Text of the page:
Welcome! Our lab uses electronic sensor spins in diamond to study spin and charge transport in condensed-matter systems, ranging from magnets to 2D materials and quantum devices.
The magnetic fields generated by spins and currents provide a unique window into condensed-matter physics. We study these fields at the nanoscale using the excellent sensitivity and broad temperature operability of the nitrogen-vacancy (NV) sensor spin in diamond. Please see this review in Nature Reviews Materials for background and our Research section.
Our experiments involve techniques such as (single-spin) magnetic resonance, (single-photon) photoluminescence microscopy, atomic-force microscopy, cryogenics, and microwave engineering.
We are located at Delft University of Technology, home to Nobel Laureates Jacobus Henricus van ‘t Hoff and Simon van der Meer, amongst many other great scientists. We are part of the Department of Quantum Nanoscience, as well as the Kavli Institute of Nanoscience.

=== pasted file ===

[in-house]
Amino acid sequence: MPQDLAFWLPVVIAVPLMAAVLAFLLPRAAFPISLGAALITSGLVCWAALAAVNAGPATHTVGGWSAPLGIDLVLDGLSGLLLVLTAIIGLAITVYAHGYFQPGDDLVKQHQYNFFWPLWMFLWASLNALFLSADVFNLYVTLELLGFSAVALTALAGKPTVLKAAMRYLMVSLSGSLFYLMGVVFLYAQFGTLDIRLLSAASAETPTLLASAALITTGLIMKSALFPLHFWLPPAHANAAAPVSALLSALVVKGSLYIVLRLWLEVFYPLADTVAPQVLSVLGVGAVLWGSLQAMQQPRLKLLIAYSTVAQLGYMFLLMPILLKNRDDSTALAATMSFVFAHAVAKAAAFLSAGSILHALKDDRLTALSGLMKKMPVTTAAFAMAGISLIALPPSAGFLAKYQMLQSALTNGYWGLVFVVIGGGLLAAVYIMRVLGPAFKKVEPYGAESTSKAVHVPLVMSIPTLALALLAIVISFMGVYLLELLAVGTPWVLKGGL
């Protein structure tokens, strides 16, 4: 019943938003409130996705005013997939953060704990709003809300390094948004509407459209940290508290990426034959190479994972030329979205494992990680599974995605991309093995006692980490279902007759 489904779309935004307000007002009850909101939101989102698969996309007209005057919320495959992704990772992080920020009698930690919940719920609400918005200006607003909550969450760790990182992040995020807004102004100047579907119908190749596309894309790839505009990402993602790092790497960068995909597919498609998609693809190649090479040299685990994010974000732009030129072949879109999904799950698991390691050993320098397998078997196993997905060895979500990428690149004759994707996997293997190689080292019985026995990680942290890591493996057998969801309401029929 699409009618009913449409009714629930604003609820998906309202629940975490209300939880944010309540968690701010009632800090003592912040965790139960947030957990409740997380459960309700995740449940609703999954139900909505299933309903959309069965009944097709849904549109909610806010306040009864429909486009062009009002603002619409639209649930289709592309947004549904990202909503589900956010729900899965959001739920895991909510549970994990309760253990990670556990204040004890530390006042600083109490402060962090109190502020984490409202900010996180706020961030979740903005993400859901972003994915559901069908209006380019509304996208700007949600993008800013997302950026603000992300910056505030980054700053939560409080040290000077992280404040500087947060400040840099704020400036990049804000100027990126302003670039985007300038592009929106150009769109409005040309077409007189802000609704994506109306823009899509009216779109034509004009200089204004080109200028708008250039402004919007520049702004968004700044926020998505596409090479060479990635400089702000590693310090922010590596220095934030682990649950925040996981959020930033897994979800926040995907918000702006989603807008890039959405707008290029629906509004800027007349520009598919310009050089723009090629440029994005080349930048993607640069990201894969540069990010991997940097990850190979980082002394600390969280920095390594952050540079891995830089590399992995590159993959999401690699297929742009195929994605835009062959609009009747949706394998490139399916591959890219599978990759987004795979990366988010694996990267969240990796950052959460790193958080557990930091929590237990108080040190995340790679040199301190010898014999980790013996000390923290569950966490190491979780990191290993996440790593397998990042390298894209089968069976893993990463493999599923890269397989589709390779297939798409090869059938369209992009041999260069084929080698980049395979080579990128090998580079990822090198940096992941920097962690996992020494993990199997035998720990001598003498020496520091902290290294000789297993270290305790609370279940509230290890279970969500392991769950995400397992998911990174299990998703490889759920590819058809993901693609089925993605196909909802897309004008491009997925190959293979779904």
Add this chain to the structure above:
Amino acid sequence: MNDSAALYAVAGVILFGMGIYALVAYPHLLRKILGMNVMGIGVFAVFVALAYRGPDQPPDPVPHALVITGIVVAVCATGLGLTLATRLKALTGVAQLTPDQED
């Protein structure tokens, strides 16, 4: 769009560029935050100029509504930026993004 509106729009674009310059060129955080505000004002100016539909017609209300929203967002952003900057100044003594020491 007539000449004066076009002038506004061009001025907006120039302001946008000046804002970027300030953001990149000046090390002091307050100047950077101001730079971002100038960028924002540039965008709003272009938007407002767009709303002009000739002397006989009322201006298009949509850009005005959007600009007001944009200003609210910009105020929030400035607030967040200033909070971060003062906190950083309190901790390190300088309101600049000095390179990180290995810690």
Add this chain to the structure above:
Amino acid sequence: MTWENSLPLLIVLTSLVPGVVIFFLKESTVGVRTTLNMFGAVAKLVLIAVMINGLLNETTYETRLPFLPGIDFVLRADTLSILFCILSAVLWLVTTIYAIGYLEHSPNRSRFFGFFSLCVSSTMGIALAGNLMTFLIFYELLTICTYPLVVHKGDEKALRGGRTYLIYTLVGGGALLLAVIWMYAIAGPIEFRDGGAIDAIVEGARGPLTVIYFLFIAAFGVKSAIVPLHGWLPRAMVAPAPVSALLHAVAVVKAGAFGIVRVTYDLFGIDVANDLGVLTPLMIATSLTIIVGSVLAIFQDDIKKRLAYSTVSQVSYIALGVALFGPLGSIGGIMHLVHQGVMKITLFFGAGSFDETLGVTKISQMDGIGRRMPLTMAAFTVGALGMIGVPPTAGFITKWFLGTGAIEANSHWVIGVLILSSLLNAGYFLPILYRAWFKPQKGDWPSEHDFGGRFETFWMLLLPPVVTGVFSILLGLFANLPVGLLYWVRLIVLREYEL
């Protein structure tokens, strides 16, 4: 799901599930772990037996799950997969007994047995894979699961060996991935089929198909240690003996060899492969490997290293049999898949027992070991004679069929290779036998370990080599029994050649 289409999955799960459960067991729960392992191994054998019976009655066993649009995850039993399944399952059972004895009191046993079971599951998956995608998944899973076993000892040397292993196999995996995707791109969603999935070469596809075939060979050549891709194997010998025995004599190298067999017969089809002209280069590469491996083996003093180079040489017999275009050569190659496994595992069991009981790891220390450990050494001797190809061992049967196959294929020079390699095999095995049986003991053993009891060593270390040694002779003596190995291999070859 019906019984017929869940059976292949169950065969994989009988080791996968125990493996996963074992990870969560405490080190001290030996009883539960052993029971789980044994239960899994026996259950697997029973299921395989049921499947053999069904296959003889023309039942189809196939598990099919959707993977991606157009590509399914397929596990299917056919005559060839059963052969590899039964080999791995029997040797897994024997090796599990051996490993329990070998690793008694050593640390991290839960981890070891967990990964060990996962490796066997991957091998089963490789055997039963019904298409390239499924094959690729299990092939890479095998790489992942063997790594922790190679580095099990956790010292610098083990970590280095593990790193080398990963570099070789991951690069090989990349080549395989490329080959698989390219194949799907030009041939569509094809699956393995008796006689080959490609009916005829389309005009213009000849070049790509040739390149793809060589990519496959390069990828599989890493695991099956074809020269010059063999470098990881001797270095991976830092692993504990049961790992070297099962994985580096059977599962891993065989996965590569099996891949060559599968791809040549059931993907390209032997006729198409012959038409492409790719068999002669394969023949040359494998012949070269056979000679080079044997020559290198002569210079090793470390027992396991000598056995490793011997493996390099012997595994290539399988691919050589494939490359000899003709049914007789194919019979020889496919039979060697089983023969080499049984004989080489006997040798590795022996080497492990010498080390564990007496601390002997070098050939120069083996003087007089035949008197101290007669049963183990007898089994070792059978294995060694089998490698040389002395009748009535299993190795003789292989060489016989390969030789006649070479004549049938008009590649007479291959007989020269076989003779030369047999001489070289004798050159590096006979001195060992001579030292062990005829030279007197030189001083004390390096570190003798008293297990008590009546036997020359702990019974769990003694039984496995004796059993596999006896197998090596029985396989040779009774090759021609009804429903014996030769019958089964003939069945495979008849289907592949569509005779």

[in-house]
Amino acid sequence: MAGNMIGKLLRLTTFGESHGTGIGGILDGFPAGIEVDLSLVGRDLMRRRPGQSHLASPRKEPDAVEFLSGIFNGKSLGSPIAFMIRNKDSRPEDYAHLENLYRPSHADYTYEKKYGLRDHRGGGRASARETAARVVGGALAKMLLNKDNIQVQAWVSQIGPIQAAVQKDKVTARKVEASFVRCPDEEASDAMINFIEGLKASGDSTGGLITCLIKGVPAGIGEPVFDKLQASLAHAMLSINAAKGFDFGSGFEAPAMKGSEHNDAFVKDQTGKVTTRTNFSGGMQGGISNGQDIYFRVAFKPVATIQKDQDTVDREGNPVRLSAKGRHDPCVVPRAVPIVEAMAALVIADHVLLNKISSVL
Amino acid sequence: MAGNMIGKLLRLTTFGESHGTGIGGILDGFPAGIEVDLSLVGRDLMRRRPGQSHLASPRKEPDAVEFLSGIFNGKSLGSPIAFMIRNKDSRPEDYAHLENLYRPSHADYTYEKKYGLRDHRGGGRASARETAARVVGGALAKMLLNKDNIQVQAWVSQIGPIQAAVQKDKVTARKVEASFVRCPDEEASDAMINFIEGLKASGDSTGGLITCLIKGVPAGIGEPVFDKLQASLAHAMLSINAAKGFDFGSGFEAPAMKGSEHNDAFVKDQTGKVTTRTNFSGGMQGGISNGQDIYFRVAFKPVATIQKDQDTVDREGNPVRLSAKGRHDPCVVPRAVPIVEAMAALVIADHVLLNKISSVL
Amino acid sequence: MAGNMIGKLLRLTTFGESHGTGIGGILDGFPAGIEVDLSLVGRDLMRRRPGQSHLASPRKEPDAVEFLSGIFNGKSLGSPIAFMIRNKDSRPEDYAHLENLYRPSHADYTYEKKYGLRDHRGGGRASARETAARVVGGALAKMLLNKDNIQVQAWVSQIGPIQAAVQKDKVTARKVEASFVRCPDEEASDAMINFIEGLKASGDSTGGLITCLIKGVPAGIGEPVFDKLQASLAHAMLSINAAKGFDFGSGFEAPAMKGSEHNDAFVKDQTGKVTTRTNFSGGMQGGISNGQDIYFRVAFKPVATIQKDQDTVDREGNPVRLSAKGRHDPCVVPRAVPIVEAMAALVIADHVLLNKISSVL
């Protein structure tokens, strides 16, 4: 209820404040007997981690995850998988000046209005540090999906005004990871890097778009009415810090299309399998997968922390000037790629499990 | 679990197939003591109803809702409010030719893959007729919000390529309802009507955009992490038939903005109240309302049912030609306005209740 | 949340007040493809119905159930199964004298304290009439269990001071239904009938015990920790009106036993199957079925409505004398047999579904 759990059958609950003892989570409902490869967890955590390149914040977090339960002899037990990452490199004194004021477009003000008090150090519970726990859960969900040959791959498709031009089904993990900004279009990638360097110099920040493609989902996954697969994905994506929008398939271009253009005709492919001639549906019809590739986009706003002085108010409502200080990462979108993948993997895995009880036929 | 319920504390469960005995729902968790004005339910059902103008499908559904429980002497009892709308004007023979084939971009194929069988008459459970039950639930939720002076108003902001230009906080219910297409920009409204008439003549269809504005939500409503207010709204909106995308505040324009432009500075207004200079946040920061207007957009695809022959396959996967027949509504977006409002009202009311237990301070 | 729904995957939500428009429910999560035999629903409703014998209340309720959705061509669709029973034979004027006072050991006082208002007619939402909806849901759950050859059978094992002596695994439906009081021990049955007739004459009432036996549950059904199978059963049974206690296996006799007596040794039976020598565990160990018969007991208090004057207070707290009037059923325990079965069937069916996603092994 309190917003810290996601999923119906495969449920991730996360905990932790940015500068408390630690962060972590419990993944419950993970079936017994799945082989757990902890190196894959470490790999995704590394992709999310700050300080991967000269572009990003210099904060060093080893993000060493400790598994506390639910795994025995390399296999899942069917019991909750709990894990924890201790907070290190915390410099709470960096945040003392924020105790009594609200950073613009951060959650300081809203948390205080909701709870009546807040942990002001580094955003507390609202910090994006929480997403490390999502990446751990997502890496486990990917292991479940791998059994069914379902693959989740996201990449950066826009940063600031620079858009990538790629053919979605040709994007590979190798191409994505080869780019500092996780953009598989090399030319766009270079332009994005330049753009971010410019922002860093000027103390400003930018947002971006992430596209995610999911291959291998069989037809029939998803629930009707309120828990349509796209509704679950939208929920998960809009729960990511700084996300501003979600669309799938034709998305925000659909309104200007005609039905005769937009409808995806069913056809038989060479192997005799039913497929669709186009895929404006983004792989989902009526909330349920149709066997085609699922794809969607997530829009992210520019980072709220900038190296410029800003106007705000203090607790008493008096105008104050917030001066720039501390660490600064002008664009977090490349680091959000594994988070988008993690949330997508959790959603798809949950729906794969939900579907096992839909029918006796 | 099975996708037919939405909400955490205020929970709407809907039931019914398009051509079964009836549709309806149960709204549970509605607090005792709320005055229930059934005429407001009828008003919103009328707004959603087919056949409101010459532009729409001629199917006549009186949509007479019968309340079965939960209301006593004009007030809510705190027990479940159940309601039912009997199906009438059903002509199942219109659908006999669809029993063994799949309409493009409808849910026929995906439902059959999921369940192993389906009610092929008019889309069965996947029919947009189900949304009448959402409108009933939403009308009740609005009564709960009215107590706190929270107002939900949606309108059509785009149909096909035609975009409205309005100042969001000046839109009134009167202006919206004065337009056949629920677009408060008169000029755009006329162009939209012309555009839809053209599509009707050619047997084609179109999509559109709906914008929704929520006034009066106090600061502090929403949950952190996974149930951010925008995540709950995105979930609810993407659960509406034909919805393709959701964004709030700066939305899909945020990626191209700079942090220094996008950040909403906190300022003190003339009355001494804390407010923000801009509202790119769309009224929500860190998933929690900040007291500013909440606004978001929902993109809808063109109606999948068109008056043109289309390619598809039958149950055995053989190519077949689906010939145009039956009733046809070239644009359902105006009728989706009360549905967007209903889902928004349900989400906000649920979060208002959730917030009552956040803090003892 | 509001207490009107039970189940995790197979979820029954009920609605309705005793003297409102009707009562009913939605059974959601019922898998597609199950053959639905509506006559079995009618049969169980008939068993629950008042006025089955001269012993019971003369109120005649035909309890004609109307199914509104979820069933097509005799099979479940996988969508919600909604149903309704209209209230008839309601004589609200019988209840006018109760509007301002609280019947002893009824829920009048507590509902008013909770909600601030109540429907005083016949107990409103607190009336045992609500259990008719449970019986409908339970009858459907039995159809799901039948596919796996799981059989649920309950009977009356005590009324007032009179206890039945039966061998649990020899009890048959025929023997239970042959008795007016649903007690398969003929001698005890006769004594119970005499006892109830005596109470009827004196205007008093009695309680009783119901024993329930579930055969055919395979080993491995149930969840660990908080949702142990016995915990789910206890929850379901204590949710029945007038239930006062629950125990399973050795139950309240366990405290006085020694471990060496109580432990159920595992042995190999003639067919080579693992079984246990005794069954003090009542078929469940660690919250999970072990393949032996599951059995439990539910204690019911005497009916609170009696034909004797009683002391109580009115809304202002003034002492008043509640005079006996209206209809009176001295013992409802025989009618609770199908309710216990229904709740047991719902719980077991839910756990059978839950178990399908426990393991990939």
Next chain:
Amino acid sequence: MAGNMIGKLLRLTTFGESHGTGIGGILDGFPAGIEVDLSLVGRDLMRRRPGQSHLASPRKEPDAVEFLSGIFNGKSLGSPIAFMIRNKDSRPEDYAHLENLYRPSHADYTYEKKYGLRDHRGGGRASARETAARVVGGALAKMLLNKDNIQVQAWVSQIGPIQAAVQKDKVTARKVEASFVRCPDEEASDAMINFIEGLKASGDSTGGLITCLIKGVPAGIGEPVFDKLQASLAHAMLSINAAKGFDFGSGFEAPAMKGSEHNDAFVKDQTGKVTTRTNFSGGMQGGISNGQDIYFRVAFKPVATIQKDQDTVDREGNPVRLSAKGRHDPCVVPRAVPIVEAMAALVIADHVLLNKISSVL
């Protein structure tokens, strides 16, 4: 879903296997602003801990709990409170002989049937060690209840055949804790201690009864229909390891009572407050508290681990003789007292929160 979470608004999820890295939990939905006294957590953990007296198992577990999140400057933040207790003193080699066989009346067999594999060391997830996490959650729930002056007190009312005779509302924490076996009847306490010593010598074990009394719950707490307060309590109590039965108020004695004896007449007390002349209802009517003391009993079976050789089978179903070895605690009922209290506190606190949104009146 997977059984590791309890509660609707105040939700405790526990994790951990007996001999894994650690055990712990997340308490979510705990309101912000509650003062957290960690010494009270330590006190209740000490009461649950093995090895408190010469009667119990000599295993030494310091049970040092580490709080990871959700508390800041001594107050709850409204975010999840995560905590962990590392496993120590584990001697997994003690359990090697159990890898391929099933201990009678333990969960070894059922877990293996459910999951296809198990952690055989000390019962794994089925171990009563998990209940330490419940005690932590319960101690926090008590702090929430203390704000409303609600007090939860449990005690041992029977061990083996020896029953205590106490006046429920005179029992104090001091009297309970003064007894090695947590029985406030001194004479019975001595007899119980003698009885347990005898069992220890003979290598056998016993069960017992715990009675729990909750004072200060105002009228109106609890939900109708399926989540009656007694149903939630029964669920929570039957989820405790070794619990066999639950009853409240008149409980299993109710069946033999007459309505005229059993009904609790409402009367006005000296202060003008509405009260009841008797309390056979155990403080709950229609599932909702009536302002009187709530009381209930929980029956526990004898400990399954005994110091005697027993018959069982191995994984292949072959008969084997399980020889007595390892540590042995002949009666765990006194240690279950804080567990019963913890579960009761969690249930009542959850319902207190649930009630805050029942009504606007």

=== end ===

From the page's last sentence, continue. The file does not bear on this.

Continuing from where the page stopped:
We are looking for talented and passionate Master students and PhDs. You can find more information here! (more info)
We are grateful for funding from Delft University of Technology, NWO, the Frontiers in Nanoscience program, and the Kavli Foundation.
The paper A Fiber-coupled Scanning Magnetometer with Nitrogen-Vacancy Spins in a Diamond Nanobeam got published in ACS Photonics!April 1, 2023
Welcome to Gesa Welker - a new Postdoc in our lab!February 24, 2023
The paper A Fiber-coupled Scanning Magnetometer with Nitrogen-Vacancy Spins in a Diamond Nanobeam is now on arXiv.January 30, 2023
The paper Broadband microwave detection using electron spins in a hybrid diamond-magnet sensor chip got published in Nature Communications!January 1, 2023
Welcome to Fabian Gerritsma - a new PhD student in our lab!